Happy Fathers Day, Dad

My Dad died four years ago. He wasn’t the best father in the world. In fact, he really sucked at it, but I don’t think he had an evil bone in his body. He just wasn’t really wired to be a dad, but that didn’t keep him from trying sometimes. I was going to post the Fool’s Gold story that Nailed Magazine published, but instead I am posting a part of my upcoming book, The Wax Bullet War. This scene really happened when I visited my dad right before I went to war.


My dad was charismatic and handsome, and his luck was in not only surviving the near-death experiences but actually benefiting from them. In Oregon, he was run down by a tree that snapped off the choke, and it crushed his leg. A piece of machinery dropped from a great height, severing the end of his left thumb right there in the oil fields. My dad was given a string of settlements and set up with a new profession. He decided he wanted to be a nurse, but during his vocational rehabilitation program he got drunk and had sex with another student on an operating table in a hospital and somehow contracted hepatitis, rendering him unable to work in a hospital. So he moved to Whittier, California, with his wife and became the handyman at a Korean high-rise retirement complex in the middle of Koreatown, LA.

            He named me after him. Philip Sean Davis: my full name. It bothered him that I had stopped going by Philip after grade school, and he mentioned it sometimes. He and my brothers still called me Philip. My mom didn’t have a problem calling me Sean.

The morning I got to Dad’s place, he woke me up and we drove to a market to buy the best steaks they had and a fifth of Johnny Walker Black Label. He told me that since there was a chance I wasn’t coming back we were going to spare no expense. I laughed and said that they couldn’t kill me; I had the strange luck just like he did.

            Dad loved baseball, so I watched Giants games with him on his big television. He took me down to Hollywood Boulevard, Sunset Boulevard, and a bunch of other places you saw on TV. In those couple of days, it was like we weren’t at war at all. I heard no one talk about it, and there was little mention of it on the news. In LA, nobody gives a shit about anything but LA. A ridiculous thought crossed my mind: maybe the war didn’t exist. Maybe I could just stay there or drive down to Mexico and forget about all the training, the weapons, the equipment, the men. It wasn’t that I didn’t want to go to war, but the fear was there. I was never the kind of soldier that couldn’t wait to fight in combat, but I had a talent for it, a knack for the military. I knew I would be a good leader of men, but it still scared me.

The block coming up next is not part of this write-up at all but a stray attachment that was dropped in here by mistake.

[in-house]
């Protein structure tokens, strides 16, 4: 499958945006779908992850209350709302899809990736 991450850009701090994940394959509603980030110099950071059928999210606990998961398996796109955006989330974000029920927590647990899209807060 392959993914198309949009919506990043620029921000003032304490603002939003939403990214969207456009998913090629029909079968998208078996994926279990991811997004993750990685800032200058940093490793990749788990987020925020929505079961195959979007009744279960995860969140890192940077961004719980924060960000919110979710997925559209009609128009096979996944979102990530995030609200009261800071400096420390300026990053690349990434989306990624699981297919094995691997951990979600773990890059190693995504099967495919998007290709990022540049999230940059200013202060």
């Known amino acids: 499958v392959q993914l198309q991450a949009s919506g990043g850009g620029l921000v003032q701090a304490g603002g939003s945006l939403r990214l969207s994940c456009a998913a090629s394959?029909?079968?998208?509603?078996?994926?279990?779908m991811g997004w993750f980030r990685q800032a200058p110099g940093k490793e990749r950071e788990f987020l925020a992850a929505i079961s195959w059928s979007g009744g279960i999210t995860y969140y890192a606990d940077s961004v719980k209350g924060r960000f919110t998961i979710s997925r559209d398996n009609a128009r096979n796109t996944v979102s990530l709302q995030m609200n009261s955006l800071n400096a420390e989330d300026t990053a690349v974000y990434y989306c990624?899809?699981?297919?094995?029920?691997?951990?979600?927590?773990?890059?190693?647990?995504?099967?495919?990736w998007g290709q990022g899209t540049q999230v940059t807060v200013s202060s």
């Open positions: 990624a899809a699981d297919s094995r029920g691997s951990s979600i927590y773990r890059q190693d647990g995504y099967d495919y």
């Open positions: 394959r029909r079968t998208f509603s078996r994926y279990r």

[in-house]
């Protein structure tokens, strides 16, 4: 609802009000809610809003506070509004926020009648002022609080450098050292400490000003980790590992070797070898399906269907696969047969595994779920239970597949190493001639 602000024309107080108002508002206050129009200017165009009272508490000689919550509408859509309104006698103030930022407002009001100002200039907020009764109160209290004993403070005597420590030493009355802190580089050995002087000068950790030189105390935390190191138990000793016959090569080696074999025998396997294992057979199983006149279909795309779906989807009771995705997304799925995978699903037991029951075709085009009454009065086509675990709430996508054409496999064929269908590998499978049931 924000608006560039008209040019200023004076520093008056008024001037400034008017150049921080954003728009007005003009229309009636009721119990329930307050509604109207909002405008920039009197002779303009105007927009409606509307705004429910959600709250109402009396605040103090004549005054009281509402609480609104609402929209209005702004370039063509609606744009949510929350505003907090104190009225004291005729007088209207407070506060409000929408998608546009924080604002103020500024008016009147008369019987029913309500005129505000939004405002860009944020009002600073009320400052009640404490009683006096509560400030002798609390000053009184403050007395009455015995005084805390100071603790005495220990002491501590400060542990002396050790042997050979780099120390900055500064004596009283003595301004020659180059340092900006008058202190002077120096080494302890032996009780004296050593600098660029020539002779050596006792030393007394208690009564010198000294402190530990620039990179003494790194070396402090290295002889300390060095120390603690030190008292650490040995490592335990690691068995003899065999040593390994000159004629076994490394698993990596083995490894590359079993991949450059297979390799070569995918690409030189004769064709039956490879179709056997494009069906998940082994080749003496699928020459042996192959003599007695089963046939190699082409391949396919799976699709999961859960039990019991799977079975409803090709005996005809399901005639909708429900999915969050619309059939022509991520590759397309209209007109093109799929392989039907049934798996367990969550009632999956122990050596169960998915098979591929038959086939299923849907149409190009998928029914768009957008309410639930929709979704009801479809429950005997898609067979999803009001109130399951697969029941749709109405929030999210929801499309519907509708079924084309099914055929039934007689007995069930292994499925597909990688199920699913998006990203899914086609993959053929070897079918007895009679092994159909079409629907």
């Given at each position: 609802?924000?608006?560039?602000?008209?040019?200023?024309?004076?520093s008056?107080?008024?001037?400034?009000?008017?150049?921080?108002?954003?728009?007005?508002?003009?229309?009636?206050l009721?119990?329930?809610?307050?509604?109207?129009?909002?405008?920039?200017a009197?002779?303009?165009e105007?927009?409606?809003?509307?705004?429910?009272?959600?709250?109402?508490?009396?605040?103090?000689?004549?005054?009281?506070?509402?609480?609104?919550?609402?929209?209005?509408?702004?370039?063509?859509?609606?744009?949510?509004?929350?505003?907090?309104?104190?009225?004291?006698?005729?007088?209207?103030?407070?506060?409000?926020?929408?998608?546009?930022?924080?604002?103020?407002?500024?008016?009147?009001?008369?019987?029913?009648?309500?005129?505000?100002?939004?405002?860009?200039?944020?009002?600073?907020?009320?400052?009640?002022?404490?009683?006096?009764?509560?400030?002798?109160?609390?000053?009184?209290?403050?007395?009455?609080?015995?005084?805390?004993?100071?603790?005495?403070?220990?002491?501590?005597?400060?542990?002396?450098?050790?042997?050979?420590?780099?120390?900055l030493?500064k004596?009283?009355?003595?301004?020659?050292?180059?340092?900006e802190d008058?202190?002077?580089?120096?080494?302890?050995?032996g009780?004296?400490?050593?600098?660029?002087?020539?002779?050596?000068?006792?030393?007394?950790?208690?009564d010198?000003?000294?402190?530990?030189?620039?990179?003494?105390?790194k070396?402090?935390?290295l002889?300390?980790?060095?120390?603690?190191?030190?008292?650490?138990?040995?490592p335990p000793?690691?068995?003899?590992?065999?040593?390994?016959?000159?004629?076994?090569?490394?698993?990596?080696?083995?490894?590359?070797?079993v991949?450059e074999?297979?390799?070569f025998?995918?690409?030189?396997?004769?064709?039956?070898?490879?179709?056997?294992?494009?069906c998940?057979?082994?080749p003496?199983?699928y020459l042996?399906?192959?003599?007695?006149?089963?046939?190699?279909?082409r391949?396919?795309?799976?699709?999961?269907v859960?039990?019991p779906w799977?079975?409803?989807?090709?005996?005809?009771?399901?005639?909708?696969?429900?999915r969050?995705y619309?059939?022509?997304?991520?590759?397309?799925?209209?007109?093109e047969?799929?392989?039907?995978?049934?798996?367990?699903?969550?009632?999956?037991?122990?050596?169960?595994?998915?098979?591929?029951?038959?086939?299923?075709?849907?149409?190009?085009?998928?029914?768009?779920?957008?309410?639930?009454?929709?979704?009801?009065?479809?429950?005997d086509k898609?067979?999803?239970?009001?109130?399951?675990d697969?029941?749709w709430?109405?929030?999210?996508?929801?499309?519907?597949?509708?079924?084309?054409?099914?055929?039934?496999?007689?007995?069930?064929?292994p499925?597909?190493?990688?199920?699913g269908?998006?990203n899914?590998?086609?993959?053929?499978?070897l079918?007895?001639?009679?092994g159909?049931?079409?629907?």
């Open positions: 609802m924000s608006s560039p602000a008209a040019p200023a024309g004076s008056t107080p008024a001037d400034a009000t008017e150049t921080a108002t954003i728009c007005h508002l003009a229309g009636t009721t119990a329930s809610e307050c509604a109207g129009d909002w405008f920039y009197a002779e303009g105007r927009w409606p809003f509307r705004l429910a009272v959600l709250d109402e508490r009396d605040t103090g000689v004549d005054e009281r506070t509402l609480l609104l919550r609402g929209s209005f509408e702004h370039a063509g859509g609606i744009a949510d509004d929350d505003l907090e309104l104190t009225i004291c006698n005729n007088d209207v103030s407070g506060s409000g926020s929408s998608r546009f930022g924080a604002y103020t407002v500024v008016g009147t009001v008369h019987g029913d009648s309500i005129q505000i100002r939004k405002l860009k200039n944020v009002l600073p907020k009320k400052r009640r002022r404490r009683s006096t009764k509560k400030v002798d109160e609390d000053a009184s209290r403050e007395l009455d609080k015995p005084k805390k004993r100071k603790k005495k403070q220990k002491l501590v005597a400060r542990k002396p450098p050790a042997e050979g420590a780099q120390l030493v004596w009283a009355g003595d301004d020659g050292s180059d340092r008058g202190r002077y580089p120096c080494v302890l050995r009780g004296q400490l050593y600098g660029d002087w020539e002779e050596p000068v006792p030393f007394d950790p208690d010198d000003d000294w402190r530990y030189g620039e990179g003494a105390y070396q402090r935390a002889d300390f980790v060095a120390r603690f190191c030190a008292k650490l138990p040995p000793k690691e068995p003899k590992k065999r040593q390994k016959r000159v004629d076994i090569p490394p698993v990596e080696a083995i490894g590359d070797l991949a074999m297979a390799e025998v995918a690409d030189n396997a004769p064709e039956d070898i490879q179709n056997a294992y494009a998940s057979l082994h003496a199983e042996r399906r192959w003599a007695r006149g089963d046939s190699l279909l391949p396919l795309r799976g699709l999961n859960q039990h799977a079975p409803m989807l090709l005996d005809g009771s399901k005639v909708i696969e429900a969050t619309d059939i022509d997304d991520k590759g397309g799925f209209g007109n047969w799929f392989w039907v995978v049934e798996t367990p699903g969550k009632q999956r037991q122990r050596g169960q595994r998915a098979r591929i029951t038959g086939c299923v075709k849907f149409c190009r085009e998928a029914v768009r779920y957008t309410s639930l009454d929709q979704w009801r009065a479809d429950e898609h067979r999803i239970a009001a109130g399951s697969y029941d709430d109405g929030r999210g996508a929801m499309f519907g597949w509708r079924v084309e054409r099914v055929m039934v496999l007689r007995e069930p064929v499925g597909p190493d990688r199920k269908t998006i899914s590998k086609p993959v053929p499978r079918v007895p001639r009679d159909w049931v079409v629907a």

Only a maladjusted person would want to fly thousands of miles from home to kill other human beings he didn’t know or understand, right? Maybe the U.S. government was banking on the fact that I was mad. Maybe I was, because the patriotic fog I had been in when I joined up had dissipated, and I still wanted to go. I needed a purpose. Without a purpose, I would end up driving in circles, cleaning up roadkill with twenty-seven years left until retirement. This scared me more than the thought of combat.


My brother Keith drove down on the last night before I was to head back, and we all smoked cigarettes and drank whiskey in Dad’s living room while his wife barbecued steaks on the patio. Every few minutes, Dad broke from our conversation to yell at the television.

Dad’s wife called through the sliding screen door that dinner was ready, and we filed out to fill our paper plates with meat and grilled potatoes. The steaks were so good that no one spoke. The sports announcer filled the gaps between the clashing of knives and forks. The food settled in my stomach and leveled out my whiskey buzz. Dad lit another cigarette, crossed his legs, and looked across the shag rug with heavy-lidded eyes. He surprised me by saying we should go for a walk. I said it was dark and I didn’t trust the dirty streets, but he told me that the people knew him there and he was well liked. He got up, staggered a step back to catch himself, and said, “Come on, son. I have a surprise for you.”

            “Seeing you is all I want, Dad,” I said.

            He didn’t say anything else, and walked out the door into the lobby of the tower. I looked at Keith for some help, but he only smiled and shook his head. We both knew whatever he was up to wasn’t any good. This is how it’s always been. I followed him mostly out of obligation, although I did have a flicker of curiosity.